The future of finance is uncertain, with the banking ecosystem in a . As banks struggle to meet rising customer demands and to adapt to changing legislation, the need for strategic partnerships is vital for continued relevance and compliance in this sector.
The digitalisation of banking has created a longing from both parties — traditional financial services and Fintech companies — to create alliances rather than to view themselves solely as competitors. The reinforced this by suggesting that “Fintechs are increasingly looking to symbiotic collaboration with the traditional financial services firms they once sought to overthrow.”
In his article , Michal Gromek observes that the customer-centric value of Fintechs and the trust that traditional banks hold make for a strong force when paired together. , as Morgan Stanley analyst Betsy Graseck so bluntly puts it, “pressure is mounting for banks to innovate and disrupt themselves fast before someone else ‘eats their lunch’.”
In an increasingly competitive world, financial institutions (FIs) will have to continue to focus on delivering innovative business models, as well as driving increased operational efficiency, transparency and personalisation. Working in parallel with Fintechs rather than in competition represents an obvious route forward even if it feels counter-intuitive to most.
However, if banks are stubbornly inclined to dig their heels in with an “I can do it myself” attitude, they could seriously fall behind the curve. Managing director of Europe Banking, at Accenture, , “banks collaborating with FinTechs can move more rapidly and more effectively than they could on their own,” which should result in the introduction of new products, streamlined processes and enhanced customer service.
Building technology, as Chris Skinner argues in his book Digital Human, is a process whereby everybody is essentially building the same thing as everyone else, one that is inefficient and and services.
Attention should be focused on making Fintech companies secure, which can support FIs to remain compliant and speed up their procurement processes. Fintechs should add real value to traditional banks and deal with their key challenges, instead of unnecessarily adding flash features. With this said, innovation must not come at the expense of security, but have security “.”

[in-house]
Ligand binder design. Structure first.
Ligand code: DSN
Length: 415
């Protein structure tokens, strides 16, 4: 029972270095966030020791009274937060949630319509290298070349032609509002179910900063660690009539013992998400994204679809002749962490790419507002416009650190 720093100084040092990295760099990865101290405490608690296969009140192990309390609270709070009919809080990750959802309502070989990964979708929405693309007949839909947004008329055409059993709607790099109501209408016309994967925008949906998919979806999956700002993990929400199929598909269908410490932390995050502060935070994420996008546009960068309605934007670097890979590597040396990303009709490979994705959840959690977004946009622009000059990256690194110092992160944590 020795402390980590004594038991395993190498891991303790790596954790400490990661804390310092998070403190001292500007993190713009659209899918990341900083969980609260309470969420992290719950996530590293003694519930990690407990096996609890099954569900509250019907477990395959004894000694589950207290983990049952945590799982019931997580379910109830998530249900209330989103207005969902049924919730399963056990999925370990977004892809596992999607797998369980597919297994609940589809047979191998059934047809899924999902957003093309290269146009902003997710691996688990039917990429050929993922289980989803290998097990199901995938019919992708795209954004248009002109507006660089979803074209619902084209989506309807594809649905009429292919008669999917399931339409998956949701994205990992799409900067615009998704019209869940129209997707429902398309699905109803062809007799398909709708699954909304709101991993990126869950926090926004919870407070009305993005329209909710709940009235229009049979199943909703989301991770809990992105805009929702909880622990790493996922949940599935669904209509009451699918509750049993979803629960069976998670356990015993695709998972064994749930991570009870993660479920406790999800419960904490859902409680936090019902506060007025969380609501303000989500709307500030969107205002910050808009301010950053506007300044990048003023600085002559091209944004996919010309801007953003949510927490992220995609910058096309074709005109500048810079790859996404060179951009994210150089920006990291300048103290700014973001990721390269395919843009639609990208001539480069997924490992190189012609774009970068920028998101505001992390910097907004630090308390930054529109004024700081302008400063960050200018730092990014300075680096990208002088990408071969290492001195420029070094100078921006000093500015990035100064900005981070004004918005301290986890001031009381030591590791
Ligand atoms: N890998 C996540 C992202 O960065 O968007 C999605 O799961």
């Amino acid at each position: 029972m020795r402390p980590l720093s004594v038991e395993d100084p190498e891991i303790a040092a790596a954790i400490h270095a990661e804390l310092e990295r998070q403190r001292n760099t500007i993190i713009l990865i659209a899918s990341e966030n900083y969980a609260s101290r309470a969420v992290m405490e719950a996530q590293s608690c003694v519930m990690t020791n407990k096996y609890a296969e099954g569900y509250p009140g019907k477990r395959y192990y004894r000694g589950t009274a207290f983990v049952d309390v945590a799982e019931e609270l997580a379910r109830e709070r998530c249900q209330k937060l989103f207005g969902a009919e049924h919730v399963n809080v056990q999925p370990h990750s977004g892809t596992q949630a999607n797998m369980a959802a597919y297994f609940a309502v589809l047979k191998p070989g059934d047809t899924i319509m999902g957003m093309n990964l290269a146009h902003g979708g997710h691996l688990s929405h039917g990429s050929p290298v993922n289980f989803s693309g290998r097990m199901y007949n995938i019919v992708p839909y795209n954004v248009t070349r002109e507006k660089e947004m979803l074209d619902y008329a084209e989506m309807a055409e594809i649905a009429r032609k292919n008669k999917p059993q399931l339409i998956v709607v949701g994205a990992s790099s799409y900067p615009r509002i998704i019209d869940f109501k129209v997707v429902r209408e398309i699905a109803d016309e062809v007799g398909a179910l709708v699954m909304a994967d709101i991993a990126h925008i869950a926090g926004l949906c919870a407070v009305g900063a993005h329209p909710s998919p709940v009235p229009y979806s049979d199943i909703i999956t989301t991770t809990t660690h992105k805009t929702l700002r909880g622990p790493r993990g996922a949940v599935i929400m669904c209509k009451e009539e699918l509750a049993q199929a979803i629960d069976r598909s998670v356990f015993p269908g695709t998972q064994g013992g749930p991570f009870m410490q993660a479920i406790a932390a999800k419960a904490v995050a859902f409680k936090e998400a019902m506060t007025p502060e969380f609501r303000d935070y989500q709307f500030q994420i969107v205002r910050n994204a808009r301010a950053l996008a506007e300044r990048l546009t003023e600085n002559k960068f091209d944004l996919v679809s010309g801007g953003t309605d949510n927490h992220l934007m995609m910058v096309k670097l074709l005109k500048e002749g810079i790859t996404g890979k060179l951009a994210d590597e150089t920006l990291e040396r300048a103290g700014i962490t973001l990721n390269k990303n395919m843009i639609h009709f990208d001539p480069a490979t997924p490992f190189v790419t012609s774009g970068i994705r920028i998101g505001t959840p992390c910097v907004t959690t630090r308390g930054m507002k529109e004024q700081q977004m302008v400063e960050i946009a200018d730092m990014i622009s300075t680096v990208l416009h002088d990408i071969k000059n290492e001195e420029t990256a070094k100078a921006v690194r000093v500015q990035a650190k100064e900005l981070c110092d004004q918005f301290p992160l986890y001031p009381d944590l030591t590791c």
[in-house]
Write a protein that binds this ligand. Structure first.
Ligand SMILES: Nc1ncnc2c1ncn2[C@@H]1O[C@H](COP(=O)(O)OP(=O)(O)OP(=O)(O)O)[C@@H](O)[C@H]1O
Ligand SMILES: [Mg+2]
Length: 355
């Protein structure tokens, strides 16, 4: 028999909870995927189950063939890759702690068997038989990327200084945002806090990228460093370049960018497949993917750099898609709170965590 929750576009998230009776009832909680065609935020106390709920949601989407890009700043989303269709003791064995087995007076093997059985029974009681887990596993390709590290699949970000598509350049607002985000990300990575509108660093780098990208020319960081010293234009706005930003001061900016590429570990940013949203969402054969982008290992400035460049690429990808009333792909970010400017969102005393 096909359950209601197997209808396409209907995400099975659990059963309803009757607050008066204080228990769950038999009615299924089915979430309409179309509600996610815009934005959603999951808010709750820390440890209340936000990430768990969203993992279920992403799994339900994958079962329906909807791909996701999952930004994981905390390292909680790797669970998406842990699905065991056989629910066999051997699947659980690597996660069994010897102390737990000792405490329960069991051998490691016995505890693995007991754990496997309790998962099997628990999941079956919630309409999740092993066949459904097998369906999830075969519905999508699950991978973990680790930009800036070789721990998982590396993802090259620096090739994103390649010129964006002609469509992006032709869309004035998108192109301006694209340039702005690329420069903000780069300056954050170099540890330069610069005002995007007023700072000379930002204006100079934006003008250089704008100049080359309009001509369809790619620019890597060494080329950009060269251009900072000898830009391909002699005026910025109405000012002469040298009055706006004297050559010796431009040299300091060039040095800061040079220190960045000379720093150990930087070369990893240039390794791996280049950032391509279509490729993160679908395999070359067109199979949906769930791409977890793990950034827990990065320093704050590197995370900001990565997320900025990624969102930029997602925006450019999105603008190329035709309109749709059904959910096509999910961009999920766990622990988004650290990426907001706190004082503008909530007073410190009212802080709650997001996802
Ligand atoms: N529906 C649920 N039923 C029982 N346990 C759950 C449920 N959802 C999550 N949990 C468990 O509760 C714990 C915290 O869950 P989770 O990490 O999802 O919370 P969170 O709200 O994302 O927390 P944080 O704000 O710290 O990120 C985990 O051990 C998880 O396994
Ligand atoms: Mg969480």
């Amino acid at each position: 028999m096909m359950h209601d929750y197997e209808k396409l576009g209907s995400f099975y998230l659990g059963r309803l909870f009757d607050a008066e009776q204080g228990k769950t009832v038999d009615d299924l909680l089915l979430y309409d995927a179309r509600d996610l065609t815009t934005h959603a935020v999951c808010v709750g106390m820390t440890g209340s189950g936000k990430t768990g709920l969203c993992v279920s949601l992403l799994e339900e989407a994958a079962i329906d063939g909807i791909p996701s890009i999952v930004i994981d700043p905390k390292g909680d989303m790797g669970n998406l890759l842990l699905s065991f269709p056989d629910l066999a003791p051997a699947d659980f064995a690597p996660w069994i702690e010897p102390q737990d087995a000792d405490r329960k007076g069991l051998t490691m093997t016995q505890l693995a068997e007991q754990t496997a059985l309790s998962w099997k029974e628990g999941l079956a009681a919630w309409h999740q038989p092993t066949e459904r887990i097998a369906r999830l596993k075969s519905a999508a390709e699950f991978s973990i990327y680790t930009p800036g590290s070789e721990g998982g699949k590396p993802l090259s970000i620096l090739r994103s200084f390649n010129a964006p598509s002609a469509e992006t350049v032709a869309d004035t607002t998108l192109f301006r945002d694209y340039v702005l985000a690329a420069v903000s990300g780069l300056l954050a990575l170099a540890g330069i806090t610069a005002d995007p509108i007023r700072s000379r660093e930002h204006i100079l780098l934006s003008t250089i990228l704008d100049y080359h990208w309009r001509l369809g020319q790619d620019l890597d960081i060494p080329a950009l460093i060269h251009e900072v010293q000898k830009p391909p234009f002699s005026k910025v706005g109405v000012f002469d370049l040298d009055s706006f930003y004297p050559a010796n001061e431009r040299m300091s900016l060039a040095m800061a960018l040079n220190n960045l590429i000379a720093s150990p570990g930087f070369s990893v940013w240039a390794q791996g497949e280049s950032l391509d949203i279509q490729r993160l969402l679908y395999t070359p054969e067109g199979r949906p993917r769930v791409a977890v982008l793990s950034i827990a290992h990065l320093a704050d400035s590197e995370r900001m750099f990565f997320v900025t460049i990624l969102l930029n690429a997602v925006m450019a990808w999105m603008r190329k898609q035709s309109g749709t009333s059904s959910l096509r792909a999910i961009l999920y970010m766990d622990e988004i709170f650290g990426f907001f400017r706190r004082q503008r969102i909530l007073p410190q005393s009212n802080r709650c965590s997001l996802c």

These partnerships, then, must address the real issues that financial institutions face, as raised in on regulation. An example of such technology is, which allow banks to avail of the latest AML/KYC and ID&V technologies to ensure an efficient process.
Increase of Platform Economy
The platform, or (Application Platform Interface), economy is transforming a number of sectors (think Stripe and payments) and serves as a wake-up call to banks. The essence of the movement is about technological integration, however, as technology officer Eli Rosner notes, “it is more about and less about IT.”
The complex system champions both mega brands and individual businesses by creating “.” As the world adapts to a more flexible way of working, collaboration is key to keep all-hours platforms accessible. He argues that we will see a rise in cloud-based software, which renders imagined borders non-existent, but there will need to be an emphasis on protecting the ever-growing communities of people using the platform.
The world is and “marketplaces have collectively had the biggest and most widely distributed positive economic impact of the last five years.” This movement is a struggle for regulated businesses, as the legislative scope changes rapidly to cope with the increased fluidity of the digital era.
In short, the loyalty towards traditional banks and excitement surrounding trending Fintech businesses marry up as a direct response to the sector’s current concerns. When Fintechs offer relevant solutions for the key issues that traditional banks slowly scramble to fix, a partnership works in both party’s favour, creating a win-win situation for everyone.
Adrian Black is CEO, NorthRow